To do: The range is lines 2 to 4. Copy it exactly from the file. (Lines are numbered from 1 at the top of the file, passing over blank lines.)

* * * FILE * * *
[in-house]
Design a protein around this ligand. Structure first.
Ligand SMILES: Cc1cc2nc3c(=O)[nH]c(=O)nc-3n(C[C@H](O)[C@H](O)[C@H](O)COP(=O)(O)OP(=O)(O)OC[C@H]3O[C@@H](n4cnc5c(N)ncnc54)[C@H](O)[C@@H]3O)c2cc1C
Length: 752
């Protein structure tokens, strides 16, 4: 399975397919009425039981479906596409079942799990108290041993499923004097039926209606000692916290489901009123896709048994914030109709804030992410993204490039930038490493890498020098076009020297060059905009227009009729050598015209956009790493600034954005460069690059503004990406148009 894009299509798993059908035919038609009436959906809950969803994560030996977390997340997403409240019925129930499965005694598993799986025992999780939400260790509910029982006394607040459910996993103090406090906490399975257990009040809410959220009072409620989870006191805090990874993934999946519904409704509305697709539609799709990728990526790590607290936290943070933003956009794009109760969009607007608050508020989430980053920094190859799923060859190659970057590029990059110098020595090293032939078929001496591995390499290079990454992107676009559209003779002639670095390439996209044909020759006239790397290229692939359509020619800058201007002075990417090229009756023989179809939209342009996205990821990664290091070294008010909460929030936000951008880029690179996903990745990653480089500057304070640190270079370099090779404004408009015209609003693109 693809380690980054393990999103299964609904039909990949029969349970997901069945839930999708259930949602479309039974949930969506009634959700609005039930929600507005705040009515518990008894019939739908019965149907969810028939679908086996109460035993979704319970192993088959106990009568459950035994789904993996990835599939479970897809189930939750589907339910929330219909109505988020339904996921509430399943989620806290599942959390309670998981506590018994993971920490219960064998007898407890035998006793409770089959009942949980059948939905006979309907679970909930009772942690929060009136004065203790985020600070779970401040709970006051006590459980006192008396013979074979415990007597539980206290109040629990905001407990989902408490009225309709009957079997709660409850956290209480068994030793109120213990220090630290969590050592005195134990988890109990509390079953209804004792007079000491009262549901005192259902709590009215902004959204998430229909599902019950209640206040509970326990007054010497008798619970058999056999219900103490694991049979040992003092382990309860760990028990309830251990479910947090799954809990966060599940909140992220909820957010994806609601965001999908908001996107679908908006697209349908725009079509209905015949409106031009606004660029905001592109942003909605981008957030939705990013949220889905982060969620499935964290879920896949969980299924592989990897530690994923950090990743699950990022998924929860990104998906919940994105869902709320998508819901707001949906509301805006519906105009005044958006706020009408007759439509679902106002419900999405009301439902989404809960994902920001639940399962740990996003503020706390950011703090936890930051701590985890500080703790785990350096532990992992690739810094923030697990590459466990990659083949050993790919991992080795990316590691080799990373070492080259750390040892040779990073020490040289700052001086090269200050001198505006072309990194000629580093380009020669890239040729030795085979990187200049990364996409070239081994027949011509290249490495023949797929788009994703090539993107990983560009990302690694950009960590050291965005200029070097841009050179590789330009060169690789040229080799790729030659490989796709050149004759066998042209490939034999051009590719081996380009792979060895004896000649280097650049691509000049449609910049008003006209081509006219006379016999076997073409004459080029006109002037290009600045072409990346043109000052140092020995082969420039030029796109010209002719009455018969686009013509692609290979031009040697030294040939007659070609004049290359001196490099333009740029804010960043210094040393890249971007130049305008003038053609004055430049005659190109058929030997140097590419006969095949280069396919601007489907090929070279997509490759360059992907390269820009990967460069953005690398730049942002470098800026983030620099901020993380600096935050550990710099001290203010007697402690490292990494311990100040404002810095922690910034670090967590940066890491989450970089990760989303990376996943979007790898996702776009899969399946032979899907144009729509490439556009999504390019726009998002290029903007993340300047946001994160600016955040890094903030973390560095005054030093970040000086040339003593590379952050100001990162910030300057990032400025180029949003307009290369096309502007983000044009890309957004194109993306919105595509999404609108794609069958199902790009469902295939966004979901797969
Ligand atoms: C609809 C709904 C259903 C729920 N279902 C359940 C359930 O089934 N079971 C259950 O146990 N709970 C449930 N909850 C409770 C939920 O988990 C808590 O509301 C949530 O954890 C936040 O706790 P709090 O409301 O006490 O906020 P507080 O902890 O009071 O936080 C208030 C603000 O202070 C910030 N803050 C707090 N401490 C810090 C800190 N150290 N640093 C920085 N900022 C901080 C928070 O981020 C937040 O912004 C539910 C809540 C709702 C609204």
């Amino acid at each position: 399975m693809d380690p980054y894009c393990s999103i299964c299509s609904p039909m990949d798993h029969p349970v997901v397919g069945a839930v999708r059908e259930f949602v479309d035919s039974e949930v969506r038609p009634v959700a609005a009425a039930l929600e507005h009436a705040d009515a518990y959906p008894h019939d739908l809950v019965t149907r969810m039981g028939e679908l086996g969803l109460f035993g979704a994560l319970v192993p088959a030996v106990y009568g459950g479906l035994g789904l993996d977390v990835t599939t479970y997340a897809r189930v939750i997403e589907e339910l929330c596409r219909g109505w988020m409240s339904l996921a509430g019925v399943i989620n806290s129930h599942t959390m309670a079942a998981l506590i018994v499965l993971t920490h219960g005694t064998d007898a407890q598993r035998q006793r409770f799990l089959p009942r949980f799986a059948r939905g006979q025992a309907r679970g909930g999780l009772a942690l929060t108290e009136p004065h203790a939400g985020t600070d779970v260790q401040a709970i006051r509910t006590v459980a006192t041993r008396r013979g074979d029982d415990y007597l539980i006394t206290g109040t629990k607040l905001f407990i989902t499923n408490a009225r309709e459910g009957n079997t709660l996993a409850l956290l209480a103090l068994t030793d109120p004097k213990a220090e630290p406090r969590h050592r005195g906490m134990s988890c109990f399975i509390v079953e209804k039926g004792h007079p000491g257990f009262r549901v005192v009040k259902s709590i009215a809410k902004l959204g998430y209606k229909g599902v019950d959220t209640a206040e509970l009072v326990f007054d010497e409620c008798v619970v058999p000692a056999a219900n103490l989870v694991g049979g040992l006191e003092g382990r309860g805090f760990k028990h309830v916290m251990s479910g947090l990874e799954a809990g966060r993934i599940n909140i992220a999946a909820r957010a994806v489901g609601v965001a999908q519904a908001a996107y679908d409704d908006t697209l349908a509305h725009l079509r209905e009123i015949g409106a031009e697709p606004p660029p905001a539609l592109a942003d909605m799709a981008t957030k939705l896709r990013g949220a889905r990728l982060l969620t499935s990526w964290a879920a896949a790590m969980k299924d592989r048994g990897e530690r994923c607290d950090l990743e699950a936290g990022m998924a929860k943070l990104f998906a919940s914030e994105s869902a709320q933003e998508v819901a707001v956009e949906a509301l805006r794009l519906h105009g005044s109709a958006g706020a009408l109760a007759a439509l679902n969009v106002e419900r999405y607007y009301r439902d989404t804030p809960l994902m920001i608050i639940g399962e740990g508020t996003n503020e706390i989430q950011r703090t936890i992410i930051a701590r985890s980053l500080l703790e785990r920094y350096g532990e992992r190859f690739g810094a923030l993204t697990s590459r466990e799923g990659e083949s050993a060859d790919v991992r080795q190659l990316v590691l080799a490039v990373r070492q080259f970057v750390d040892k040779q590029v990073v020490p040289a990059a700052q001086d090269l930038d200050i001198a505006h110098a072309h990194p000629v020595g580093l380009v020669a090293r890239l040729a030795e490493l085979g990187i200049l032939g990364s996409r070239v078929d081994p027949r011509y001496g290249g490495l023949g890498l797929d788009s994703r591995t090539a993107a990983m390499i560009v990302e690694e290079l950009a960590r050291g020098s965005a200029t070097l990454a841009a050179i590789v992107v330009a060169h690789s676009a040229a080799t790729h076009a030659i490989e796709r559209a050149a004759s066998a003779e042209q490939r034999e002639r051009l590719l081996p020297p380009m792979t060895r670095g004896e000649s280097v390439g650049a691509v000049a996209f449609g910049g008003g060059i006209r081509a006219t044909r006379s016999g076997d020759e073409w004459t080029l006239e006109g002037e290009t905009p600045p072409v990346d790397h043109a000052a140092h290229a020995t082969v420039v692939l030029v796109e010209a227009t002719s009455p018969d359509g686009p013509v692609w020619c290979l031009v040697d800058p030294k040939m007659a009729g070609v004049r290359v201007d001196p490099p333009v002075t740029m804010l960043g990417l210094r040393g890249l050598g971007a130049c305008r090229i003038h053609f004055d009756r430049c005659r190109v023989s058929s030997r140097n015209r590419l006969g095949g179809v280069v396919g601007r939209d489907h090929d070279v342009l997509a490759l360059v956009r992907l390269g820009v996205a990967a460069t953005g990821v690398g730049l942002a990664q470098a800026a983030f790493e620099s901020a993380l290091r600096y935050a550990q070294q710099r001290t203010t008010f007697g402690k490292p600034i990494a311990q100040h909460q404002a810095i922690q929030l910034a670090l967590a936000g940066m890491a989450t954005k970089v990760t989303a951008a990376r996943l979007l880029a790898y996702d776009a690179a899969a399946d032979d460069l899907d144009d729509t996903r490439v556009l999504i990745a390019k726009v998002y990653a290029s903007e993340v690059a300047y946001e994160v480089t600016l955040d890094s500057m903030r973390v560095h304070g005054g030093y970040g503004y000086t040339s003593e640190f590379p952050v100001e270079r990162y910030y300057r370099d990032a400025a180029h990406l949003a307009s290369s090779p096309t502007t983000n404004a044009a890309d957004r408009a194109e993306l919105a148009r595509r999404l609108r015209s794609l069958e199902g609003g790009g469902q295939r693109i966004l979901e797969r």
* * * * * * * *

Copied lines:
Design a protein around this ligand. Structure first.
Ligand SMILES: Cc1cc2nc3c(=O)[nH]c(=O)nc-3n(C[C@H](O)[C@H](O)[C@H](O)COP(=O)(O)OP(=O)(O)OC[C@H]3O[C@@H](n4cnc5c(N)ncnc54)[C@H](O)[C@@H]3O)c2cc1C
Length: 752